The former dean of Yale Law School takes higher education to task for its concern with equality, which he sees as distracting from the mission of universities to cultivate an elite sensibility among their students—a concern he believes threatens American democracy.
Kronman wants his readers to believe that his own fears about his favorite, very exclusive university are really decisive for the future of the country as a whole ... Kronman goes on to assert that this education helps students become members of a natural aristocracy, developing a 'superior character' that should result in such people being 'elevated to positions of leadership with sufficient frequency for the regime to survive.' Kronman doesn’t say anything about how these superior beings would rule, but he does say they are more human and more real. He fails to give a single argument for his view of what real humans are or even a robust description of what superior character is. He just cherry-picks the canon to support the notion that his preferred mode of philosophic conversation does indeed raise one above everybody else. Socratic humility and irony disappear in the author’s commitment to his own taste ... Kronman paints a paranoid picture of campus life, and I am unpersuaded by the recycled anecdotes meant to show that a tide of levelers rejects the very notion of recognizing great achievement.
The Assault on American Excellence may well be the most full-throated attack on the academic embrace of diversity produced by a prominent, if former, senior university official in the entire half-century history of affirmative action in higher education ... in his frequent invocations of aristocracy, Kronman can sound as if he is an English earl who was raised on an ancestral estate ... He is deeply drawn...to focusing on diversity as the serpent in the garden, the major corrupter of his rococo educational vision. To do that is to blame it for something it didn’t cause; conversely, removing it would not produce the kind of university Kronman wants. His book ought to draw attention not so much to the continuing controversies around diversity as to the larger idea in which his attack on diversity is embedded. Do we really want our universities to become undemocratic institutions, ruled by a class that thinks of itself as being existentially superior to the rest of us?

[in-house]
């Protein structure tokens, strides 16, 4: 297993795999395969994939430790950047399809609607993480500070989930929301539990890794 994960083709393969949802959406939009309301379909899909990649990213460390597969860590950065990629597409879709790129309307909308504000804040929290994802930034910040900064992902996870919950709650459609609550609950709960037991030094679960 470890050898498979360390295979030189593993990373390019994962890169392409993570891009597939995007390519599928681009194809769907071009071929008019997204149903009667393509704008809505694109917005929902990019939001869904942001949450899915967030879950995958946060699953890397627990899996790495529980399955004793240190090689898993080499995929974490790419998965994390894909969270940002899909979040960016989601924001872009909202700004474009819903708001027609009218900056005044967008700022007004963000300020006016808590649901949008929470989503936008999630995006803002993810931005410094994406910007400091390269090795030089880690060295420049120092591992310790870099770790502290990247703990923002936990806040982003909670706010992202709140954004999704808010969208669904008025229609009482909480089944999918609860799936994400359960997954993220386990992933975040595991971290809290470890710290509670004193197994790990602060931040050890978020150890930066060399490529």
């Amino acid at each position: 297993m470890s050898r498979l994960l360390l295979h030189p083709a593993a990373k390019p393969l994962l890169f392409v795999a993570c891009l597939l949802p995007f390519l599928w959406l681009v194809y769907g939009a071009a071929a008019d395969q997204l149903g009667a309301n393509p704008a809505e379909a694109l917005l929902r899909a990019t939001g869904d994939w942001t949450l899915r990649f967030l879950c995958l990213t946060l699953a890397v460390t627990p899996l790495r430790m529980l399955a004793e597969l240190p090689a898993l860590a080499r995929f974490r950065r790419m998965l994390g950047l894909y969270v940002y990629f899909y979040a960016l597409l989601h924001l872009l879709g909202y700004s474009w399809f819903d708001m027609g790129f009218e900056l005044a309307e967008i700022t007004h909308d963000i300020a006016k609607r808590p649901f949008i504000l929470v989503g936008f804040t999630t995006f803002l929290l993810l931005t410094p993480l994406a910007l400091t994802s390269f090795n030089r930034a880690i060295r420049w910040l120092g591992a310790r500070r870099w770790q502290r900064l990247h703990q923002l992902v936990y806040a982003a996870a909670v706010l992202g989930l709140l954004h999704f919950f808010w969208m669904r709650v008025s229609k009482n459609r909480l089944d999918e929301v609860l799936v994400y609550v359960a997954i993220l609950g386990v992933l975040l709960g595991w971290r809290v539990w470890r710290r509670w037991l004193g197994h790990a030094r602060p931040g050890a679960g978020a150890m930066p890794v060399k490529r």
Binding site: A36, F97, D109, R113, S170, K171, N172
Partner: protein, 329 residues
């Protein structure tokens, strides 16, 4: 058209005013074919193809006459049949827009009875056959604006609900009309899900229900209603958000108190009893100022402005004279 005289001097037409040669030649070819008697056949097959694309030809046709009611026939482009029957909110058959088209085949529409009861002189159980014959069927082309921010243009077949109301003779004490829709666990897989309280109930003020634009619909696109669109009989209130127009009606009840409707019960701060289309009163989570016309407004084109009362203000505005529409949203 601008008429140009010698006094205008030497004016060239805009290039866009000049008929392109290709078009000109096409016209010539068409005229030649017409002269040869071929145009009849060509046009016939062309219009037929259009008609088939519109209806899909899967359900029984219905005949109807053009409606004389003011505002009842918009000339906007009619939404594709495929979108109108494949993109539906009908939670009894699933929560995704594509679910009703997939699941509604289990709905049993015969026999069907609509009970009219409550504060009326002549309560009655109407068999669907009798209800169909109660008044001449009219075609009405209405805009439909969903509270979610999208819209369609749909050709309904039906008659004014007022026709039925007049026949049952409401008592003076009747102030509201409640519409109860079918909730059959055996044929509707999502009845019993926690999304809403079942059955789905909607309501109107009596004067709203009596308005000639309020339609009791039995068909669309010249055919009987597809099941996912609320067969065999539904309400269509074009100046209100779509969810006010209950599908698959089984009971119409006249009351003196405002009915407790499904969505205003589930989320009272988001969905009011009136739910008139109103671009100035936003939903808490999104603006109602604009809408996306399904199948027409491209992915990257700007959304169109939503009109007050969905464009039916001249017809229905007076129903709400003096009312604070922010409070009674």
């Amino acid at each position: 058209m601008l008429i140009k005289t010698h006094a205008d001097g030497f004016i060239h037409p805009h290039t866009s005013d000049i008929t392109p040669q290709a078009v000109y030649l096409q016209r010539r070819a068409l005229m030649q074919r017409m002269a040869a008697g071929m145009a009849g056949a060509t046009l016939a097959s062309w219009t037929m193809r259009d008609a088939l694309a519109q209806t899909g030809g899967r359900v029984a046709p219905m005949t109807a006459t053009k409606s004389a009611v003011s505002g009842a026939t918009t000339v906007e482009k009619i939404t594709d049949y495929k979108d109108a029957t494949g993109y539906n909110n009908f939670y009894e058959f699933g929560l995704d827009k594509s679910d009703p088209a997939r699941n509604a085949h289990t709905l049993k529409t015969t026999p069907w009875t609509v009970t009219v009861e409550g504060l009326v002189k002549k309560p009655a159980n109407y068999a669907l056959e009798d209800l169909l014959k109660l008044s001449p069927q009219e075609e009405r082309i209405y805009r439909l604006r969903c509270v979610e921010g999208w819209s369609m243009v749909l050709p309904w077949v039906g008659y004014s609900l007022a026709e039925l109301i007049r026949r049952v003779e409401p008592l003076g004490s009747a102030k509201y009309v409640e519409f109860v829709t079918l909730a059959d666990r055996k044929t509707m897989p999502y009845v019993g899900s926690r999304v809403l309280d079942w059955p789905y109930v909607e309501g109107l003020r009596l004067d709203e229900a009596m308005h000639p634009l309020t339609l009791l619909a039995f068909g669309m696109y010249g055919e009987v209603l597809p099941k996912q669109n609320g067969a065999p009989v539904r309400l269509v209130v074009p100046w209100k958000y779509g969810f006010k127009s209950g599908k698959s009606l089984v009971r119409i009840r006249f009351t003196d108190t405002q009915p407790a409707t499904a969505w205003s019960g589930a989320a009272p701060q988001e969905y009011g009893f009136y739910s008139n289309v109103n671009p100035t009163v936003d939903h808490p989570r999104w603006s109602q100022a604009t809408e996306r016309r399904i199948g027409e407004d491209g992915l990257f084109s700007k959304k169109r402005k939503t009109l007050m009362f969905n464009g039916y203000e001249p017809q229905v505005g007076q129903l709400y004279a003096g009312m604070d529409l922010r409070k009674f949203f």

In his new book about universities, former Yale Law School Dean Anthony Kronman rounds up the usual suspects for an unusual reason ... But he foregoes the usual next move of extolling the free exchange of ideas. A university, he knows, isn’t a speaker’s corner in a public park ... The Assault on American Excellence deserves many readers. But even fans will wonder, if the forces against which Kronman contends are both stronger and more deeply rooted than they were in 2007, how his arguments can prevail.